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The History of Printmaking

interior history Printmaking is an art form that dates back to at least the 15thcentury and flourished at the hand of Rembrandt in the 17thcentury. Today there are hundreds of printmaking departments among universities as well as independent printmaking workshops in the United States alone. Printmaking is a fast growing medium among artists.


The methods used in printmaking require detailed and precise training and expertise. Printmaking requires a matrix such as a copper plate, woodblock, linoleum, etc. that is worked, inked, and printed onto high quality paper, often handmade.

The printmaking process is indirect in that the artist creates the surface that will make the work of art as opposed to painting directly onto the art. There is often times more labor involved in creating a print than a painting, but because several editions, or multiples, can be created, prints are generally more affordable than paintings or drawings. Each image in an edition is an original work of art as each piece varies slightly from another and is distinct.

Aquatint is an intaglio method on a copper or zinc plate. The varying colors are produced with rosin. Darker tones are created when the acid bites deeper into the plate.

Chine colle is a method of placing colored paper onto the larger paper at the time of printing.

Collagraphs is a print that utilizes other materials that are glued onto a metal or board plate as a collage.

Etchings are created by using a matrix such as a copperplate. A ground is applied the plate. A steel pen carves, or draws the image onto the ground exposing the copper. The copperplate is placed into a bath of hydrochloric acid and water which "bites" the exposed copper. The plate is then inked and pressed onto the paper creating the image. This is an intaglio method of printmaking.

Intaglio is a method of printing that incises lines onto a plate. The plate is then inked with the incisions holding ink and the excess is wiped away. A damp piece of paper is then placed over the plate and it is run through the press. The ink is then transferred onto the paper with the pressure of the printing press. Etching, engraving, aquatintmezzotint and collagraphs are all intaglio techniques.

Linoleum Cut is an intaglio or relief process that uses linoleum as its matrix. A sheet of linoleum is cut to create a texture or image. The linoleum is then inked and printed.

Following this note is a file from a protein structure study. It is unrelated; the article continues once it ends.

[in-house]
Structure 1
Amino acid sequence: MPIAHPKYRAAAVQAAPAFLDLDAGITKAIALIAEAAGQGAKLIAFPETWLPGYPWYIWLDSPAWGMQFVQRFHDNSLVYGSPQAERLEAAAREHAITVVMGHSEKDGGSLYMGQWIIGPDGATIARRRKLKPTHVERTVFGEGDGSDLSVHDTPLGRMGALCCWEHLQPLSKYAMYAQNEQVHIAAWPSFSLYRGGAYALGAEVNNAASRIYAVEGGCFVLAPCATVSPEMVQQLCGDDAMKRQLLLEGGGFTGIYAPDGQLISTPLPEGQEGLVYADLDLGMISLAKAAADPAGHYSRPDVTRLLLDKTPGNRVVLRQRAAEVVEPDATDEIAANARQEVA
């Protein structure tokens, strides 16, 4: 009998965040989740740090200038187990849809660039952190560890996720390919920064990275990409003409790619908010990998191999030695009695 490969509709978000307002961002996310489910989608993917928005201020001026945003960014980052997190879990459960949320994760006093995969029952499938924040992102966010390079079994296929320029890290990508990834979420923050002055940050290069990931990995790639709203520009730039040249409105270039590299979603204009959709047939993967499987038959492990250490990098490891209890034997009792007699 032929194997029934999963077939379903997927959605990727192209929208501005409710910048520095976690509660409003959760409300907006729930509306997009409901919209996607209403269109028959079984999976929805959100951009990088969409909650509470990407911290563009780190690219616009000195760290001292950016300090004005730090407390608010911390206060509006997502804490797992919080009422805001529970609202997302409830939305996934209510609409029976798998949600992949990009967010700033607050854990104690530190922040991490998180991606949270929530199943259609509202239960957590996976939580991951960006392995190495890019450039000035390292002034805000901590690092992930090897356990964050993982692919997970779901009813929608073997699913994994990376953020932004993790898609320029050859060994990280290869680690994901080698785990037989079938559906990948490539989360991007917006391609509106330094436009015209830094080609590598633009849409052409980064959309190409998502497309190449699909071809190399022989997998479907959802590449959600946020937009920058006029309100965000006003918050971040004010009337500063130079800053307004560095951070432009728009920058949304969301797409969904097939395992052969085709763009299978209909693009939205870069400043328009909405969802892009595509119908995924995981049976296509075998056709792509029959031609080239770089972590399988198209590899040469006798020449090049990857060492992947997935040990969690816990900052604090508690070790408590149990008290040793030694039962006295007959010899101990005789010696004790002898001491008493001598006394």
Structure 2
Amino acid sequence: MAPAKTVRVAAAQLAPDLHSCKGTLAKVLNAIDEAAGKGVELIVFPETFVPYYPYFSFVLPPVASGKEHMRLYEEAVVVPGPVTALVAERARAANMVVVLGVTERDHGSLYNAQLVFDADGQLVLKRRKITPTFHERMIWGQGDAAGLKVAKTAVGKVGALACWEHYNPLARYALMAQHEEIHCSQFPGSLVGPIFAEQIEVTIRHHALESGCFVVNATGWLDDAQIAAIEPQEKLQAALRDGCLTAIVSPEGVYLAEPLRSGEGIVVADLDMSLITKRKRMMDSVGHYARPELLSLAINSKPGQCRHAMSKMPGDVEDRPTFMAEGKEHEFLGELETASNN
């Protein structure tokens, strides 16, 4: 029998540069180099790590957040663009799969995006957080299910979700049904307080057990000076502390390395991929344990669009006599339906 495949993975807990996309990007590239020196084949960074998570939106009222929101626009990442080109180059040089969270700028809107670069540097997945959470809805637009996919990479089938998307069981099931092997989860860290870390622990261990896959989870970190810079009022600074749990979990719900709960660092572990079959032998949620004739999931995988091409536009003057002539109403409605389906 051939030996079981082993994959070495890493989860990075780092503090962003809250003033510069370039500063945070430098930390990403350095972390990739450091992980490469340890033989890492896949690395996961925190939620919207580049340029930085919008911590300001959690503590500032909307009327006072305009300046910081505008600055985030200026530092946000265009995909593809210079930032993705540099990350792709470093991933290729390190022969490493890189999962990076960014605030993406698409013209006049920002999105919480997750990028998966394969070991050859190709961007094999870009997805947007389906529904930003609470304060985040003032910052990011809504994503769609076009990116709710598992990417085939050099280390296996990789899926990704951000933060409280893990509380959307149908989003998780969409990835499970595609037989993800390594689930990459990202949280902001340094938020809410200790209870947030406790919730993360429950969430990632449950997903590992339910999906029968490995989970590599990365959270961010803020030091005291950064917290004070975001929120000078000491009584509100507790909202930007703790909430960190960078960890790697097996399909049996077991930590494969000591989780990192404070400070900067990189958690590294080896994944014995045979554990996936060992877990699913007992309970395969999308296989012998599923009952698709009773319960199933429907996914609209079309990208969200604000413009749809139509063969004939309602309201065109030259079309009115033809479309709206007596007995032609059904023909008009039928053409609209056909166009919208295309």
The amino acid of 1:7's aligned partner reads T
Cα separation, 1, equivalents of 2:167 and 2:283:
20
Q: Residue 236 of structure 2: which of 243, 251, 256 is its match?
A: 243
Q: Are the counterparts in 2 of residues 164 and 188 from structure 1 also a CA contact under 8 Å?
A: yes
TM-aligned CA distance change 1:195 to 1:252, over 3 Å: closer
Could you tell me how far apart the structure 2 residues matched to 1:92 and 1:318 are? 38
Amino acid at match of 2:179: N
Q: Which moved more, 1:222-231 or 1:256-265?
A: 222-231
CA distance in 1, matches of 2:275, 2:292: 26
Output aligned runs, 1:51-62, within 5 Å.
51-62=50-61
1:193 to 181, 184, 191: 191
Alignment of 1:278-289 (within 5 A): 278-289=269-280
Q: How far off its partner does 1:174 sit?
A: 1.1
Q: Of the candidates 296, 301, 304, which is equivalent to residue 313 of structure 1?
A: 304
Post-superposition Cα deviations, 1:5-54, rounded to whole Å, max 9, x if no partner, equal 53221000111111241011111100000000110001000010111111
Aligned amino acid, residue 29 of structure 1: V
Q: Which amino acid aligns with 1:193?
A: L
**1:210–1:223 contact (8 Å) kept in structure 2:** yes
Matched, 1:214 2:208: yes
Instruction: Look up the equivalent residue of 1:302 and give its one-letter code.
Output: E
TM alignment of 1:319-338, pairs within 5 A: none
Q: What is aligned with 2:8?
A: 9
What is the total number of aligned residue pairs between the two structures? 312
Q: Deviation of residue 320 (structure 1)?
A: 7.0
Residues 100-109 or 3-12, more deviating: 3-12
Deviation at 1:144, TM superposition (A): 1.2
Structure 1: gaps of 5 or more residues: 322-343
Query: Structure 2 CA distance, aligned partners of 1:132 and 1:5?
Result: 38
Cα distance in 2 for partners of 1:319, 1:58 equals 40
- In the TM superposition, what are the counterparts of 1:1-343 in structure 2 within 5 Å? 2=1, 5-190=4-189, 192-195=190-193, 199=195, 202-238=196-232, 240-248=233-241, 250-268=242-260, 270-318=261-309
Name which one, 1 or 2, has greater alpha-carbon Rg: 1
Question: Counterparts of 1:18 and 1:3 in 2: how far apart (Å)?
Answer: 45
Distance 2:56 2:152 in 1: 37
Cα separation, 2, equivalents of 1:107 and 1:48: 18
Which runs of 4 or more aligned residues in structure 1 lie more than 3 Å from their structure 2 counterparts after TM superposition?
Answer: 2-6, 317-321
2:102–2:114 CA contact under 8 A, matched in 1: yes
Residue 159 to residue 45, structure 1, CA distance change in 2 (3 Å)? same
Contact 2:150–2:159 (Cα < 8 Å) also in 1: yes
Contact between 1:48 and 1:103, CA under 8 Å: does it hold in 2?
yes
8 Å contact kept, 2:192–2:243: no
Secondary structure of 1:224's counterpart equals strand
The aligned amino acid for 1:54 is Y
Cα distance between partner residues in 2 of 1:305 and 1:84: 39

Lithography is a process based on the fact that water and oil do not mix. The matrix is usually limestone. An ink with a high concentration of grease is used to draw onto the stone. The stone is then chemically treated to set the image. When dampened with water and rolled with ink the blank areas on the stone will reject the ink while the image area will accept the ink and print onto the paper.

Mezzotint is an intaglio technique in which the entire surface of the metal plate is worked with a serrated toll to create a rough texture. This method produces a rich color when inked.

Monotypes are made by painting with water or oil based inks and paints directly onto a smooth, nonabsorbent surface (linoleum, Plexiglas, vinyl, glass, copper, zinc etc.). This surface or plate is "unworked" in that it has not been engraved. The plate is laid on a piece of presoaked paper and run, or "pulled" through a press. Monotype means "one image." Unlike other printmaking methods, monotypes are not created in a series.

Monoprint differ from Monotypes in that the plate used in the printing process contains an incised image.

Photogravure is an intaglio process that uses manipulated photographs to create continuous tones.

Relief is a method of printmaking in which the surface is carved. When the matrix is inked the areas cut away will not print, only the raised surface. Woodblock and linoleum cut are types of relief printmaking.

Woodblock prints use wood as the matrix. The wood is carved or grooved with special tools. Ink is applied directly onto the wood. The carved areas will not print and will show as white. The wood is then pressed into the paper creating a relief image or texture.

Ground is an acid resistant substance, such as beeswax or resin, which is used to coat the metal plate in the etching process. The image is drawn through the ground onto the plate to expose the plate.

Drypoint is an etching method using a sharp needle to scratch lines onto a metal plate. The line creates a "burr", or raised metal to hold the ink. This process produces richer color and a softer line than an incised line.

Floating a print is an alternative to matting in the framing process. This centers the print onto a larger backing or mat before it is framed. This process allows the collector to see the edges of the paper.

Soft Ground is an acid resistant coating, such as petroleum jelly, that will stay pliable so that textures can be impressed into the ground. This is used in the etching process.



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